Mobile Apps versus Mobile Web: The Key Statistic that Determines Which Is Best For You
There are a lot of opinions when it comes to the question of mobile marketing. Being a relatively new medium to hit the mainstream, mobile marketing is being discussed everywhere you look. Statistics showing exploding user engagement and app download numbers are making many marketers foam at the mouth, and for good reason.
In 2011, smartphone and tablet sales surpassed traditional desktop and laptop sales. Because of this, web browsing on mobile devices is exploding. iPhone traffic alone has grown more than 700% in the last two years. Let’s put it this way: if that trend continues, worldwide iPhone traffic will surpass Mac traffic in less than a year. In other words, it will be more important to make sure your site works well on the iPhone, than on a Macbook.
And if mobile web browsing sounds promising, consider this: as of June of this year, the time mobile users spend using apps surpassed the time they spend browsing the mobile web. App usage grew over 91% from the year before. By comparison, the amount of time users spent browsing the web 'only' increased 16% from last year.
It’s obvious that both the mobile web and mobile apps will be critical for marketers from now into the foreseeable future. But, assuming you’re on a budget, which should you tackle first? Should you optimize your website for mobile users, adjusting your navigation and content to fit the smaller screen? Or should you leave that alone and concentrate on building one or more mobile apps to reach this eager audience?
If you’ll forgive me for trying to make a complex question simplistic, I think that you can usually answer that question by looking at a single statistic of your website: the ratio of your new visitors to your returning visitors.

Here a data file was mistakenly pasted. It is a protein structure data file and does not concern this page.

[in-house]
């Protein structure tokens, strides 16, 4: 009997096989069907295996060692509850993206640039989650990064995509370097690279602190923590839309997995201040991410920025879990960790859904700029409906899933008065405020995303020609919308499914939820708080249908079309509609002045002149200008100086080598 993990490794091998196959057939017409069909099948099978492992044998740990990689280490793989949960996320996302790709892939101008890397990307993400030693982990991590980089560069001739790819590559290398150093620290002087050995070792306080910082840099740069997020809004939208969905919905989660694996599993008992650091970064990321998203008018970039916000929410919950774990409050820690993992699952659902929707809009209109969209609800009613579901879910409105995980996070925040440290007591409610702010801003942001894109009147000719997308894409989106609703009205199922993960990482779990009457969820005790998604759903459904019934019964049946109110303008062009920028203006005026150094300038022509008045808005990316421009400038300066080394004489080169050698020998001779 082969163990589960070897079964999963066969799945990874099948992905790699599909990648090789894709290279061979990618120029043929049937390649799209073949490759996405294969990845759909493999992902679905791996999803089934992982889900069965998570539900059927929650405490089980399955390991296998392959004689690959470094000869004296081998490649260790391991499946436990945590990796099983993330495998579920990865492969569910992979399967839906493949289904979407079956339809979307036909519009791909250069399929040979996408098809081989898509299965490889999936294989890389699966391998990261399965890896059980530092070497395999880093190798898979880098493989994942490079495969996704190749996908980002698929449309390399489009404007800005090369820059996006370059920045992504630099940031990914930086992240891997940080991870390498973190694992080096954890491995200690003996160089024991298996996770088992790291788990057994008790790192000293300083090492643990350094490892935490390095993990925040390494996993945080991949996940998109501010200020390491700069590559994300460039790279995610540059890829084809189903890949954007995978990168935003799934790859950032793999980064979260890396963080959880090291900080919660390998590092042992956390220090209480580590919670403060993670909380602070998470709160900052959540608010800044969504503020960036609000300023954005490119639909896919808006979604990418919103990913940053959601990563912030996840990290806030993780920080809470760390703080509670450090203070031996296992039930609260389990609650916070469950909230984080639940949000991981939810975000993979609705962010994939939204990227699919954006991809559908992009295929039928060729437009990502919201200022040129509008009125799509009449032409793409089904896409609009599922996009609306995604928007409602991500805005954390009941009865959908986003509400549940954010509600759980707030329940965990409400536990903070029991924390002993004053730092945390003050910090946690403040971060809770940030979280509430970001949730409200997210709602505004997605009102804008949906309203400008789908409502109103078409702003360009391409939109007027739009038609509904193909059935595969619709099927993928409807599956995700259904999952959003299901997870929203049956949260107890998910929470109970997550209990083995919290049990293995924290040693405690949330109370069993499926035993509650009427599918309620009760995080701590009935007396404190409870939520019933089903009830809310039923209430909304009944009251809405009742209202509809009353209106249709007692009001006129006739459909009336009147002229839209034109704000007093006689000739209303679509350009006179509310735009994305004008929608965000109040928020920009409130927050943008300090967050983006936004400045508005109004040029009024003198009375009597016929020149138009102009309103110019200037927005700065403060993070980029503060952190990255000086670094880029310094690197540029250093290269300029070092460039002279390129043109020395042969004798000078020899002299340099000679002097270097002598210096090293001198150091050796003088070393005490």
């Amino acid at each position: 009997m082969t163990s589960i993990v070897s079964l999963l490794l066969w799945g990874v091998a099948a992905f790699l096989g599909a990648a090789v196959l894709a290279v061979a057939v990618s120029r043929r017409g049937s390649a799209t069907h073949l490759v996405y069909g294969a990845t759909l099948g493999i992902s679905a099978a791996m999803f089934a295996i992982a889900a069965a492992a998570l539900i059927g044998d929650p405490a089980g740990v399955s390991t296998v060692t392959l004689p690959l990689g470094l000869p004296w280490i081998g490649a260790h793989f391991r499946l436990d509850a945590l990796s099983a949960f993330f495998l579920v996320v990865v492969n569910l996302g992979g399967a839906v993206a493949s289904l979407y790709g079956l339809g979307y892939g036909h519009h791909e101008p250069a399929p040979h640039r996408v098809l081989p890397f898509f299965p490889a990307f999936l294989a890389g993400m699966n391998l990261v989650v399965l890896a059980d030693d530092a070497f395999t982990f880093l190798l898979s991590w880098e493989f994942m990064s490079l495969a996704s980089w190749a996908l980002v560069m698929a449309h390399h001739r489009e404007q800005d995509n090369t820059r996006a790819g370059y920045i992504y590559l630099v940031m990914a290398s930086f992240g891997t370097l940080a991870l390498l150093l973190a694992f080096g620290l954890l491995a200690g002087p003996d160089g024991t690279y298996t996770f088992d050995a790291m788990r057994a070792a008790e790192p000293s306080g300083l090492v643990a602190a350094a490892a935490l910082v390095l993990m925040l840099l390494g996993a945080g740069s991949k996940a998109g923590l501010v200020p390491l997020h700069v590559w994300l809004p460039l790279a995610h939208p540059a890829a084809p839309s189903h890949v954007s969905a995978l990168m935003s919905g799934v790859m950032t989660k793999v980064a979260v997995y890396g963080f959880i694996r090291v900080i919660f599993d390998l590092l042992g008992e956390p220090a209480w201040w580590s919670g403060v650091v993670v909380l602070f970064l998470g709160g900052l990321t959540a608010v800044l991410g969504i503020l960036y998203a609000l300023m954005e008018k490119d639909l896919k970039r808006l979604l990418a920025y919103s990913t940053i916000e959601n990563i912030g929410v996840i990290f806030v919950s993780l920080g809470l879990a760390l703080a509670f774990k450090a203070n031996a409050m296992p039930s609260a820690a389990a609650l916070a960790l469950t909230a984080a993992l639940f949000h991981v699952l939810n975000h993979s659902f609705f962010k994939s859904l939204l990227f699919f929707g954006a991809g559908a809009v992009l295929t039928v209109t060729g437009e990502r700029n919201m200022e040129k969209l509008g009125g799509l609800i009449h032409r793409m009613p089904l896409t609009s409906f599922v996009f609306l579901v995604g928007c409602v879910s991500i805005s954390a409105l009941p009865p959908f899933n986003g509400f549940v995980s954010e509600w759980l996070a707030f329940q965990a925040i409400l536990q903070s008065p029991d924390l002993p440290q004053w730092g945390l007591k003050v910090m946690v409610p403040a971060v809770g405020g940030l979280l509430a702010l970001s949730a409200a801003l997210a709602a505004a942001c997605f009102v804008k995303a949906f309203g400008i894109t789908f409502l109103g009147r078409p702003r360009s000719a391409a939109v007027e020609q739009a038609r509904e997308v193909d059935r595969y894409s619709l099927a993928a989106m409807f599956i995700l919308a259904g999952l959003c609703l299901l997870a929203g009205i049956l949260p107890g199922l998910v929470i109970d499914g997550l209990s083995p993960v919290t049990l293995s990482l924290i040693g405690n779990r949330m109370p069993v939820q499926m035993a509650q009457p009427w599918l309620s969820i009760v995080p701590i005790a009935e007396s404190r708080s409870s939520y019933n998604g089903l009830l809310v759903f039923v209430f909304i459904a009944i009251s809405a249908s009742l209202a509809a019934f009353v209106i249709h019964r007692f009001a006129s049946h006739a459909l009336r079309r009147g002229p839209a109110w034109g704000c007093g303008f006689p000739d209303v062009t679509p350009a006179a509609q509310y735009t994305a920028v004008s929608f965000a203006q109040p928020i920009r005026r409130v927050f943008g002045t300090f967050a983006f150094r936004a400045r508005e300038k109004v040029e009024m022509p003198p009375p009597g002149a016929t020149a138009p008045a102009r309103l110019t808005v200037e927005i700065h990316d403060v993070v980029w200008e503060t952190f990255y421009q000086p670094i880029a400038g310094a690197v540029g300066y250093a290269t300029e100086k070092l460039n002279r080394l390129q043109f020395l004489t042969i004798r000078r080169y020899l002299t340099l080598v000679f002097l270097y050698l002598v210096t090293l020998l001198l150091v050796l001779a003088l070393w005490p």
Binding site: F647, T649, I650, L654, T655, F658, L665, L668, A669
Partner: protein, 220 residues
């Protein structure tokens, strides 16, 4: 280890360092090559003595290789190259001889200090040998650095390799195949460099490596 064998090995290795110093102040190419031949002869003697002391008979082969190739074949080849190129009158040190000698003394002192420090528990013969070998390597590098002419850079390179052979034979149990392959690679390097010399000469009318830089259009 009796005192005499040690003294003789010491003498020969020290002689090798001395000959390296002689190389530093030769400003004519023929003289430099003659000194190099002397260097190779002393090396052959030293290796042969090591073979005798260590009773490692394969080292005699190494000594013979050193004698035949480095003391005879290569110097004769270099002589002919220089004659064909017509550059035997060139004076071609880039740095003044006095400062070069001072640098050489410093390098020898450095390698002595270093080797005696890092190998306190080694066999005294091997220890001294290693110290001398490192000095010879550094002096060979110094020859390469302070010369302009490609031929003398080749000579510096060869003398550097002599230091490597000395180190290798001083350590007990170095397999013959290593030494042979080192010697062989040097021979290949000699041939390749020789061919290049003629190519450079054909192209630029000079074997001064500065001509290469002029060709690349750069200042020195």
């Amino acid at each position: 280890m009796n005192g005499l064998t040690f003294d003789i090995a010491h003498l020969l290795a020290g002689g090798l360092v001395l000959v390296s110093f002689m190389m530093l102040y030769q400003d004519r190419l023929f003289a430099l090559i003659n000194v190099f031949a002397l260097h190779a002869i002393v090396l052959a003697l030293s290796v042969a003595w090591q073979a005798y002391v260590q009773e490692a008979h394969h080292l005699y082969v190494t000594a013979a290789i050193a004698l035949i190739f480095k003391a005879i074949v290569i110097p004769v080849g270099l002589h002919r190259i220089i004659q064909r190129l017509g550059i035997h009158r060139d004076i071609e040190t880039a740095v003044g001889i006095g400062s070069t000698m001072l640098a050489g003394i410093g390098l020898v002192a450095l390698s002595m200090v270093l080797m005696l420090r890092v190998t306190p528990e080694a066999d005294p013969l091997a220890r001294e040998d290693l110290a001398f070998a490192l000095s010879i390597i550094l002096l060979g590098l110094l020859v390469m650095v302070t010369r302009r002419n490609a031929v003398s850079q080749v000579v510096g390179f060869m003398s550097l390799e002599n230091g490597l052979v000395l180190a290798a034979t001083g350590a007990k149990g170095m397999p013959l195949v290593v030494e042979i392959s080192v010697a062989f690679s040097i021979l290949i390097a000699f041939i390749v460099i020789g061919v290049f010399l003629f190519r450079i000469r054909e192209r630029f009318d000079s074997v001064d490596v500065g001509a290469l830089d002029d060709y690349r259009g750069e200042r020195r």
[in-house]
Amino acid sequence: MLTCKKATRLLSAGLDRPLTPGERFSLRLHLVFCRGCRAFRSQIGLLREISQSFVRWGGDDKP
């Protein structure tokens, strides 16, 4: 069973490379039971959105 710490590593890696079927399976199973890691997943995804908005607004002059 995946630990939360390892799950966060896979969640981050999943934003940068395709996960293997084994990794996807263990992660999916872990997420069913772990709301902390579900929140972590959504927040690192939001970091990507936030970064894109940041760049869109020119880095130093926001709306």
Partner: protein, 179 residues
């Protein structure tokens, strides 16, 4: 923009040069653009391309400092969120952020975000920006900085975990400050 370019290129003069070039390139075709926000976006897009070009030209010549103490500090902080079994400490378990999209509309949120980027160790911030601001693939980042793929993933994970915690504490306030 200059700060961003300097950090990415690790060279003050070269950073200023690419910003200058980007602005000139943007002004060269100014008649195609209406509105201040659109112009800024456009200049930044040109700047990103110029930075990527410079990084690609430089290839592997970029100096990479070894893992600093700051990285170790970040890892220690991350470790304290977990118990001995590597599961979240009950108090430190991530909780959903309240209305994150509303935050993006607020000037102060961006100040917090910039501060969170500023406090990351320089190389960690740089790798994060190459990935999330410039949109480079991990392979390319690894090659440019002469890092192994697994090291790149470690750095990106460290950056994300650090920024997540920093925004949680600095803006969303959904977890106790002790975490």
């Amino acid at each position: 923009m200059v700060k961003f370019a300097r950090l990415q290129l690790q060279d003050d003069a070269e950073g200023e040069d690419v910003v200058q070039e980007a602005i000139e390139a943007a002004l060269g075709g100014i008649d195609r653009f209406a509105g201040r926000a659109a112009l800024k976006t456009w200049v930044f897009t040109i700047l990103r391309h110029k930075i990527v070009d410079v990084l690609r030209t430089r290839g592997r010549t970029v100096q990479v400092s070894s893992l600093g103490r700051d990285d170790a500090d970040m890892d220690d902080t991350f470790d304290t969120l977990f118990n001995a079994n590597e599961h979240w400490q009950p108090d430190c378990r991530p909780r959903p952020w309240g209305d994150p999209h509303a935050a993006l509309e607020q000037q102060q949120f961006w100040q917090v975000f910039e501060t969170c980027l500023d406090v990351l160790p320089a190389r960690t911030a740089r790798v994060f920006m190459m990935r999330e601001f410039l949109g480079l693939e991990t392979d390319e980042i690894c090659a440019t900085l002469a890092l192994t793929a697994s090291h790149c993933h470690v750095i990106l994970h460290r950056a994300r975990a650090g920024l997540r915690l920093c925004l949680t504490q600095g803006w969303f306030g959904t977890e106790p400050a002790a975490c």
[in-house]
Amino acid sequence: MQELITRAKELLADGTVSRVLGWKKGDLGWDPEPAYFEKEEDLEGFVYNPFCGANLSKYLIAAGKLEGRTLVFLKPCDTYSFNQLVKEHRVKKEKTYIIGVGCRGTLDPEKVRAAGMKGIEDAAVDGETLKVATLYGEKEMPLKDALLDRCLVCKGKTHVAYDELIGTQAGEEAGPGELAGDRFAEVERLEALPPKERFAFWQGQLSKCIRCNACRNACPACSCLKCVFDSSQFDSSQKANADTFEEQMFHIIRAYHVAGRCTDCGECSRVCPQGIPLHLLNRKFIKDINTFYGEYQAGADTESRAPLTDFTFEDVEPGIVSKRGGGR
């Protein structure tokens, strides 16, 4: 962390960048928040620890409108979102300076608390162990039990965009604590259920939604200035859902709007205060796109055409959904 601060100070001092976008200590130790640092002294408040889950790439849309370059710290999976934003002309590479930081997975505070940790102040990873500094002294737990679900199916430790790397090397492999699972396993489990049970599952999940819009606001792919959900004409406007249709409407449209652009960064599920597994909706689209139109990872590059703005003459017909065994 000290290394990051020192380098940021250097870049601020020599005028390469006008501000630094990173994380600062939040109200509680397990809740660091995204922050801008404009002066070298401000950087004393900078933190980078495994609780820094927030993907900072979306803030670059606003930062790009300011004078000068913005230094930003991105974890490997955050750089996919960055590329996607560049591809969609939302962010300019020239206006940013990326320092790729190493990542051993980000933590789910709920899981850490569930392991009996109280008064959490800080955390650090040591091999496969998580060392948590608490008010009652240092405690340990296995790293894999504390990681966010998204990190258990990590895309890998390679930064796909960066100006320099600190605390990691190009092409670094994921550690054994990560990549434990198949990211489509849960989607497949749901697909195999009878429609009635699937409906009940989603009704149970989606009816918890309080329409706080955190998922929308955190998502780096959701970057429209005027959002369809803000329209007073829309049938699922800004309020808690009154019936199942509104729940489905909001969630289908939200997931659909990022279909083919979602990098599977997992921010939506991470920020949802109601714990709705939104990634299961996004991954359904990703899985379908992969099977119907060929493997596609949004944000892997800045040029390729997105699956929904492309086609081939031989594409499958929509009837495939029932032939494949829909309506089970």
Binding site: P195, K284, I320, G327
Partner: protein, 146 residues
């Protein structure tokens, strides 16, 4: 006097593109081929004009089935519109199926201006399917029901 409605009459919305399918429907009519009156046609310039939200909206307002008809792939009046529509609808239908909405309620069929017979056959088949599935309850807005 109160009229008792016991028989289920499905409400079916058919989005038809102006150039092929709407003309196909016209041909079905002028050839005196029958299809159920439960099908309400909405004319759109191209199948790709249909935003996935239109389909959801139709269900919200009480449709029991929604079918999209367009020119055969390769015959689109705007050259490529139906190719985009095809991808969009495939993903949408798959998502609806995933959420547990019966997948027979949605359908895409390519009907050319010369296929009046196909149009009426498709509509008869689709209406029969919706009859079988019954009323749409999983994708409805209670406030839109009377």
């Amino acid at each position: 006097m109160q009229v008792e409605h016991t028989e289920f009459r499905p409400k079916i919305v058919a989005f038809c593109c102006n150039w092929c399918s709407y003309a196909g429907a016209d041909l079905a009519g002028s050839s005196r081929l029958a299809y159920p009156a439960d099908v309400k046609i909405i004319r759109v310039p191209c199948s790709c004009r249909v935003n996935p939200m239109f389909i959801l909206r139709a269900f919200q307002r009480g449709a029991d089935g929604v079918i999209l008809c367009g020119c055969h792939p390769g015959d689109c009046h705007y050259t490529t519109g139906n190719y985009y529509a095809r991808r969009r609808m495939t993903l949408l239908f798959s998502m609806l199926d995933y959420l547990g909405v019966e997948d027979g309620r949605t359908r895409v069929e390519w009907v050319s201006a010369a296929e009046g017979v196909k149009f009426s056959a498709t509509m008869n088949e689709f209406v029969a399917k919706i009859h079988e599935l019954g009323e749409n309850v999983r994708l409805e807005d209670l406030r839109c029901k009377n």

In my opinion, if your site caters mostly to returning visitors an app makes a lot of sense. People who visit your site frequently might be better served by the convenience of an app. And you might be able to provide better functionality by using the built-in capabilities of the device.
On the other hand, if your web statistics show a greater number of new visitors, your money will be better spent on a mobile website, ensuring that their first impression of your business is as strong as possible. With a few exceptions, these first-time visitors are unlikely to be interested in installing an app, but will be affected by an easy-to-use mobile web experience.
There will of course be exceptions to this general rule, but if you have limited funds, reviewing your new/returning visitors ratio should give you a good idea of where to invest first.
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